On the first morning of a Delaware visit, I picked up the newspaper. I read of
- A downstate resident who had been incarcerated for more than a year, having likely been misunderstood and mischaracterized for his efforts to communicate with an ISIS leader to secure the release of ISIS prisoners
- Another horrific attack that killed people—this one in Nice, France
- Two initially neutral, reasonable editorial overviews:
- one that at first seemed to paint a balanced, informative picture of a likely vice presidential nominee but which then incorporated a demonstrably biased, excessive “spin”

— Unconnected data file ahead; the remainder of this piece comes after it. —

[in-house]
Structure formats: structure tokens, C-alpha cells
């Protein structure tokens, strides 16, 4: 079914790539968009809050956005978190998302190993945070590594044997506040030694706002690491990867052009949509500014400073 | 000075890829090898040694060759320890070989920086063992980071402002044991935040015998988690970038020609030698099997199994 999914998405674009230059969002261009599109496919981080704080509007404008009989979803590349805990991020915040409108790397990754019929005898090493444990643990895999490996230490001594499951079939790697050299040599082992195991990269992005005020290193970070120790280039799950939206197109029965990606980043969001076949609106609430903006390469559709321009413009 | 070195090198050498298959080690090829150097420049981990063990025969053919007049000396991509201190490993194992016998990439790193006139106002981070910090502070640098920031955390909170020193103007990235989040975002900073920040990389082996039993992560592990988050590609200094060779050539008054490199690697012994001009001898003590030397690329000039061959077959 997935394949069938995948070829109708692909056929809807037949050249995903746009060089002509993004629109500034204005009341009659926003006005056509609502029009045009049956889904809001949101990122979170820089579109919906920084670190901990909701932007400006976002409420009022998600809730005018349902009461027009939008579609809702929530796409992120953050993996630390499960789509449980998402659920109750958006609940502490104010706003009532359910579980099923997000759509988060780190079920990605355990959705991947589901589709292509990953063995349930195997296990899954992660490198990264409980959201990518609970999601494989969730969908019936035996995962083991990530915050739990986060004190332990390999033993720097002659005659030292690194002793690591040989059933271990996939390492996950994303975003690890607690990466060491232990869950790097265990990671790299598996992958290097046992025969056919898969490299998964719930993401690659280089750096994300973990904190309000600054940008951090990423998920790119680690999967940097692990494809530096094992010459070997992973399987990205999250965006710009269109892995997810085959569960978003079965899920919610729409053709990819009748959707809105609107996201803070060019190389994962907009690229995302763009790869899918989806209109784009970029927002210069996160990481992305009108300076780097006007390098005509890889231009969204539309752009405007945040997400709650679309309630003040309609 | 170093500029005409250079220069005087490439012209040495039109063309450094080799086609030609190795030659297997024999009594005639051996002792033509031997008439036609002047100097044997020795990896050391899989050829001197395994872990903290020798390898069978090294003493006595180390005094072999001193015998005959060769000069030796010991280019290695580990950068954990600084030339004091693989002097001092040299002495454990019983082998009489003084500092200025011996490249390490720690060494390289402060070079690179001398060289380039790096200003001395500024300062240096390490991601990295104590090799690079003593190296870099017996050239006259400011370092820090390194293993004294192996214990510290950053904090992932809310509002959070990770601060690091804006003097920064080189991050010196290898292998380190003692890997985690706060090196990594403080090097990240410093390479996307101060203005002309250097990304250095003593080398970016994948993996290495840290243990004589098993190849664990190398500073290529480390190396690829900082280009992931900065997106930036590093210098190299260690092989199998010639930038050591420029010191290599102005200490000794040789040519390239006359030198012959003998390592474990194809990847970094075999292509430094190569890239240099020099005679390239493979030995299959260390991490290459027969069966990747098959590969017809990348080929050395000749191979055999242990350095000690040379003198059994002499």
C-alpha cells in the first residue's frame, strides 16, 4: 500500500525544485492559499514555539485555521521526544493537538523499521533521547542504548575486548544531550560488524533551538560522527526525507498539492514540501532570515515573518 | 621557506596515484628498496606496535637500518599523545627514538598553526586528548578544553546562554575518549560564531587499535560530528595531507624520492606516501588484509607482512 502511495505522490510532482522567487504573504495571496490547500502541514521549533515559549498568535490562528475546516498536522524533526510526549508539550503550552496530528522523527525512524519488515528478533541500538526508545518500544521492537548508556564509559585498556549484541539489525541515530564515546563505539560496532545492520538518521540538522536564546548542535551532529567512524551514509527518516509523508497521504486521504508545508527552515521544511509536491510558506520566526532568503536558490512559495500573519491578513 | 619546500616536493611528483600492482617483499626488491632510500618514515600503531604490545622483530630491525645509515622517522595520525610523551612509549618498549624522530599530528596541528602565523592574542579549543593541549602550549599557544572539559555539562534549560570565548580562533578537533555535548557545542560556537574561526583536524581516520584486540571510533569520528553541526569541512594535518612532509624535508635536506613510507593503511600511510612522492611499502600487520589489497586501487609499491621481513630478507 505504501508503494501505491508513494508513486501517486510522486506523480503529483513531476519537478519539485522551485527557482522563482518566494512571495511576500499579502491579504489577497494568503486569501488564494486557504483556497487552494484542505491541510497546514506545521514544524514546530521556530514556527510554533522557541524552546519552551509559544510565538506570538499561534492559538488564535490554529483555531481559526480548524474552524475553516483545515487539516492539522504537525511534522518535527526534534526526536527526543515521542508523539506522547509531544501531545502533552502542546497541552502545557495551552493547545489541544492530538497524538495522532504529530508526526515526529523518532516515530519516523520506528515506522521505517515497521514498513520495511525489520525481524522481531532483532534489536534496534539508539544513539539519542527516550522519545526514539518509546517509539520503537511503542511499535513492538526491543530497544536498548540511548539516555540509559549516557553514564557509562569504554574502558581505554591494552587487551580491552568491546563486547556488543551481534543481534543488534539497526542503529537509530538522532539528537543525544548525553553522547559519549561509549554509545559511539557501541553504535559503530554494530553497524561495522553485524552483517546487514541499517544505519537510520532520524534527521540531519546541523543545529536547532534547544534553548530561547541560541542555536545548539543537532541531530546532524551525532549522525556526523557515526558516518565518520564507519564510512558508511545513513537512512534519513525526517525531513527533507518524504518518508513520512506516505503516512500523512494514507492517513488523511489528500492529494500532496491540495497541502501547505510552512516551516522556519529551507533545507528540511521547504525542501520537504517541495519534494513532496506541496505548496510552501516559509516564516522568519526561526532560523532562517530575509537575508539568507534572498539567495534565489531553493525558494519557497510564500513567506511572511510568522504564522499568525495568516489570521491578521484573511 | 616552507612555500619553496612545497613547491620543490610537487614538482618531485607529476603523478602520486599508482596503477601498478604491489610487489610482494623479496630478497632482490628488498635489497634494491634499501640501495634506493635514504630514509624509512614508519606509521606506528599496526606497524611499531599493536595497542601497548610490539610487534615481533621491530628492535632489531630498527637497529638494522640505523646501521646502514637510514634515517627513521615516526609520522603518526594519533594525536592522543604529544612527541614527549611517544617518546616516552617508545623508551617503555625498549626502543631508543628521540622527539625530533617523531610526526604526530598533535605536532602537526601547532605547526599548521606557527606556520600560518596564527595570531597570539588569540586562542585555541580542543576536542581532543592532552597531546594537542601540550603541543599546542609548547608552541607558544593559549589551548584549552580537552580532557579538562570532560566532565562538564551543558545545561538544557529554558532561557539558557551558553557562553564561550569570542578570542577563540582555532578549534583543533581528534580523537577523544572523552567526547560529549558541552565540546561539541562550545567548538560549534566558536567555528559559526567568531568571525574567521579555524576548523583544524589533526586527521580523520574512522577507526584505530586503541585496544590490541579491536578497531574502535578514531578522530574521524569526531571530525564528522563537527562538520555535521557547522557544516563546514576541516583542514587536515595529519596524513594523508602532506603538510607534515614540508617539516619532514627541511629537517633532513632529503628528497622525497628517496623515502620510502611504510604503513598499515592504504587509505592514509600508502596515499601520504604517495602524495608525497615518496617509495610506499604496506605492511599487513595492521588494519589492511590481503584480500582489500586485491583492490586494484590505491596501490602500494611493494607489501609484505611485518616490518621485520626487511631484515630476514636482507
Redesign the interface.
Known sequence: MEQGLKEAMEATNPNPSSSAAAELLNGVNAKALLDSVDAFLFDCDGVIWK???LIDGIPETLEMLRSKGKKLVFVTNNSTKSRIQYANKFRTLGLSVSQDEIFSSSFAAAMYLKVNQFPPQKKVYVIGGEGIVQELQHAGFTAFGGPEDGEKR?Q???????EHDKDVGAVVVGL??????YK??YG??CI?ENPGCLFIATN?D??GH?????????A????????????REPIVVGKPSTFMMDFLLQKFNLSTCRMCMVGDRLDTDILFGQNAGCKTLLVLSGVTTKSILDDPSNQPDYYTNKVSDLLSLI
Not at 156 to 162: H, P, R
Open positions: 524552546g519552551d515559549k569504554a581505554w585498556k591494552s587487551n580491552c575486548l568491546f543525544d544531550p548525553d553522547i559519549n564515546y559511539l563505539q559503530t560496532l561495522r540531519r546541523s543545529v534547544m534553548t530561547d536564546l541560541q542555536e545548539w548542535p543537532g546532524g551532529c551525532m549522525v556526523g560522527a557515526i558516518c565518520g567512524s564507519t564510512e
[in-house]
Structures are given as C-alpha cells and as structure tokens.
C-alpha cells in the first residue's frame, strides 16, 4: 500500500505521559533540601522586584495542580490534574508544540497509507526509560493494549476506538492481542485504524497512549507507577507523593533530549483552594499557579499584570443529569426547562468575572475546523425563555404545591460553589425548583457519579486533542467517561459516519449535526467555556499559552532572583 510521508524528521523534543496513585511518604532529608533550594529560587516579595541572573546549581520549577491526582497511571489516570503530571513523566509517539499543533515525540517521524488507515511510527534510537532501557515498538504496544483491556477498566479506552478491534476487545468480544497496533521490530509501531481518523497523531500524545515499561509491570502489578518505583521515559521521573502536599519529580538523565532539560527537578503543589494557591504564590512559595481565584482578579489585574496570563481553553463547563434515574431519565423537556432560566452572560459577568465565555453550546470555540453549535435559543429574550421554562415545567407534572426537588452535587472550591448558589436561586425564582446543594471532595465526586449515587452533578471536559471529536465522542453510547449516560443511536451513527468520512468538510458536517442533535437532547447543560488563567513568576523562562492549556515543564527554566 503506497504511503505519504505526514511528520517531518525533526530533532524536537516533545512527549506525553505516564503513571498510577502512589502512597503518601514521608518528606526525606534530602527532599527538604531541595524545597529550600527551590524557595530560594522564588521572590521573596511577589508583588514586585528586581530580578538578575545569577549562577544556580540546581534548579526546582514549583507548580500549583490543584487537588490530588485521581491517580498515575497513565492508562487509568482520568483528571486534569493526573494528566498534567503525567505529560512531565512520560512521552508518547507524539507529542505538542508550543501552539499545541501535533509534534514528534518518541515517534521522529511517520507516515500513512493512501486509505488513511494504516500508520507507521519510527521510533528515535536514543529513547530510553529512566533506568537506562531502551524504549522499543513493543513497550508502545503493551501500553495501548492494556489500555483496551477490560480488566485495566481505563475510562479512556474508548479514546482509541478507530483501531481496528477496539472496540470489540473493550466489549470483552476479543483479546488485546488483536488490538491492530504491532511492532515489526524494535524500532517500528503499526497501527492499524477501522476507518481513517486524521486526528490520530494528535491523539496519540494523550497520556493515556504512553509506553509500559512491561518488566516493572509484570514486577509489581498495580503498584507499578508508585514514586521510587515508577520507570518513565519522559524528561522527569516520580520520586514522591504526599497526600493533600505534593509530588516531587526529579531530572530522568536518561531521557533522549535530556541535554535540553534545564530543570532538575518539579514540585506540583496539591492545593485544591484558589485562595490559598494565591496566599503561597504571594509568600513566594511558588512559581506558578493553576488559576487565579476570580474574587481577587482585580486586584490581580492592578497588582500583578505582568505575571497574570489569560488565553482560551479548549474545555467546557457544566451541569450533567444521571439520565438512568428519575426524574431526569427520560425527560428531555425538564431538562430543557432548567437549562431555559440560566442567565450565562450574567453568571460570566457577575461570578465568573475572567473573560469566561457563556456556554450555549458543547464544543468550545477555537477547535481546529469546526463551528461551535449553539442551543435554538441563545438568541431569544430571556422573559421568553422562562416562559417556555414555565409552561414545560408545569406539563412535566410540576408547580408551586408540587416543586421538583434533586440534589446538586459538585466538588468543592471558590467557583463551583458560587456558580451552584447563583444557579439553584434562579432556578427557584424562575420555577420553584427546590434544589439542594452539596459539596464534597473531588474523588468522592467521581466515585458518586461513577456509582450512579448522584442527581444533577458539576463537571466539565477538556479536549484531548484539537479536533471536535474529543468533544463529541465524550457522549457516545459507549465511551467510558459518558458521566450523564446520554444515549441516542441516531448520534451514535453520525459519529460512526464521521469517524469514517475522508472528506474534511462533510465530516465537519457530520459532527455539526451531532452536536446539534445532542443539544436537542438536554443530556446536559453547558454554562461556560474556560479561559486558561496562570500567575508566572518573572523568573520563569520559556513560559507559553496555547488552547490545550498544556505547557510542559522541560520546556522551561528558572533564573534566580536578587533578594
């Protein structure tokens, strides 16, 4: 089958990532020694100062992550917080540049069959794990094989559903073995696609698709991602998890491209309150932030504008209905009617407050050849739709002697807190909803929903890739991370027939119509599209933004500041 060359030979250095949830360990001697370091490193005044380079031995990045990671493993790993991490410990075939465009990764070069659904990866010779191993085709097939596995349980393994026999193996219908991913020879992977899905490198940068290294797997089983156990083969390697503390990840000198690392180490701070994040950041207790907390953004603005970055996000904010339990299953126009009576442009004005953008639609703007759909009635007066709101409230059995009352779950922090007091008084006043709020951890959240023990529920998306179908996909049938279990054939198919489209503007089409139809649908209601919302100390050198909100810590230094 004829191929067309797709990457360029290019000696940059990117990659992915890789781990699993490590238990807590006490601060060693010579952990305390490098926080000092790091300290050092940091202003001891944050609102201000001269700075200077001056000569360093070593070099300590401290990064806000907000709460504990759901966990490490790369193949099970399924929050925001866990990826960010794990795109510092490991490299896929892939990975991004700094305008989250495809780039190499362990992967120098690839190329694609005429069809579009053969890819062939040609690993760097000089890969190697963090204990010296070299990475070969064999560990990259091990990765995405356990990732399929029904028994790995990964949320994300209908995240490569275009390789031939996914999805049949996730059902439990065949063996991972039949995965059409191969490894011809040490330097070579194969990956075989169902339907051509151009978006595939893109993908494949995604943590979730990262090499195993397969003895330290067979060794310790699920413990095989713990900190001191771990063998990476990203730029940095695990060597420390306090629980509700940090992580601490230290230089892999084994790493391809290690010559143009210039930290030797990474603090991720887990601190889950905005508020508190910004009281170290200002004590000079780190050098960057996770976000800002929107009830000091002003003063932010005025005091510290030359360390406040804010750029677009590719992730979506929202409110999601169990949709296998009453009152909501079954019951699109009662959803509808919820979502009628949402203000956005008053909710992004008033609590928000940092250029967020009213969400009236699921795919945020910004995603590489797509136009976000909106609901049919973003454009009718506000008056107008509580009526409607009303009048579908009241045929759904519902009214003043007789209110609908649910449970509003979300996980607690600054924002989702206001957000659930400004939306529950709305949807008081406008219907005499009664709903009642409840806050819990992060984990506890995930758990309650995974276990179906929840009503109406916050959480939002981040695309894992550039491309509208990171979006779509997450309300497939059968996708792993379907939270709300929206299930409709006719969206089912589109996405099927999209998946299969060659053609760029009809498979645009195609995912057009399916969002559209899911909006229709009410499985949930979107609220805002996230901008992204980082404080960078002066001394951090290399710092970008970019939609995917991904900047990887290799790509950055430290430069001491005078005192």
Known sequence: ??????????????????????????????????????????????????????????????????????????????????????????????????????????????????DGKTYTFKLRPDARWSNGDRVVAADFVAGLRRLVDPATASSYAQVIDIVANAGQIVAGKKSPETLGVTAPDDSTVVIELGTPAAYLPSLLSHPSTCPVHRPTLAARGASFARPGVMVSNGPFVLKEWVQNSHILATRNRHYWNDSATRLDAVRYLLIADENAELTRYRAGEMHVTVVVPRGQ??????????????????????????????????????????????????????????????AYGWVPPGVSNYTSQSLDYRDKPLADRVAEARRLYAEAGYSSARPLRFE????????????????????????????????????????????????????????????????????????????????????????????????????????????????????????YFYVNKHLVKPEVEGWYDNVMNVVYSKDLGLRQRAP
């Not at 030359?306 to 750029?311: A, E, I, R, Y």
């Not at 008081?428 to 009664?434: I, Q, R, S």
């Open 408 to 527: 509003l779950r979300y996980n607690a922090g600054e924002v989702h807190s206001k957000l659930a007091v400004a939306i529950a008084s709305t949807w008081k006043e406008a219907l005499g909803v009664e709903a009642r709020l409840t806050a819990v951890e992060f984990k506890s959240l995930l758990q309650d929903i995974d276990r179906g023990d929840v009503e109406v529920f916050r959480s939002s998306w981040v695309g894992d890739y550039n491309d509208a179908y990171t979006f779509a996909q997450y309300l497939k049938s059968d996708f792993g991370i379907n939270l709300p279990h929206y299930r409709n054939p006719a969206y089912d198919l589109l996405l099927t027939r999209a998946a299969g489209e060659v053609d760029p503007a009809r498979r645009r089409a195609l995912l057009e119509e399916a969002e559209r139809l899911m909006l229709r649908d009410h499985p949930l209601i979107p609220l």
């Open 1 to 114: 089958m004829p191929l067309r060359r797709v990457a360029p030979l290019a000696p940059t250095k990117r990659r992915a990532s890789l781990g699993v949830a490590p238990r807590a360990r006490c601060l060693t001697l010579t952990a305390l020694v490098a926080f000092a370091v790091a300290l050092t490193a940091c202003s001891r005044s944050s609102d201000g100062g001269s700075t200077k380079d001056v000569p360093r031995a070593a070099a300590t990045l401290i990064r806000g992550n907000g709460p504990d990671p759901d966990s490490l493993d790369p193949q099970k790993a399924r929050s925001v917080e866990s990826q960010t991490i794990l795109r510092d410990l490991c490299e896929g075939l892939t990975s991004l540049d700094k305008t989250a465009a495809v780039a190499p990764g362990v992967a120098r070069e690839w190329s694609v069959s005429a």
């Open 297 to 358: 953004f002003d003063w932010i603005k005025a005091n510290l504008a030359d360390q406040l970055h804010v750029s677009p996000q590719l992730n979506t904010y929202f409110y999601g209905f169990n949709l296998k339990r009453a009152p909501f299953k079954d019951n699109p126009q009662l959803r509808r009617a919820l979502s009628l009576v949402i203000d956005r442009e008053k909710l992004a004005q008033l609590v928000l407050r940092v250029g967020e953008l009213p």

- another that more or less says that, yes, both presidential candidates are repulsive, but only one is really qualified, and the other is ridiculous (no matter how much I might agree, how is that language anything other than partisan and divisive?)
Why do so many people begin their days by reading the newspaper? It’s pretty discouraging, and I found myself in a troubled mood for a couple of hours. I just want to get back into Matthew. Or the Psalms. Or Philippians. Or something.
Yet it will not do simply to retreat, leaving the horrors as though they are not in any way my concern. It is important to know what is going on in the world, to an extent, so that I may reach into my part of it and attempt to make an eternal difference. I must keep my feet on the ground as I listen to the “upward call.” (Philippians 3:14)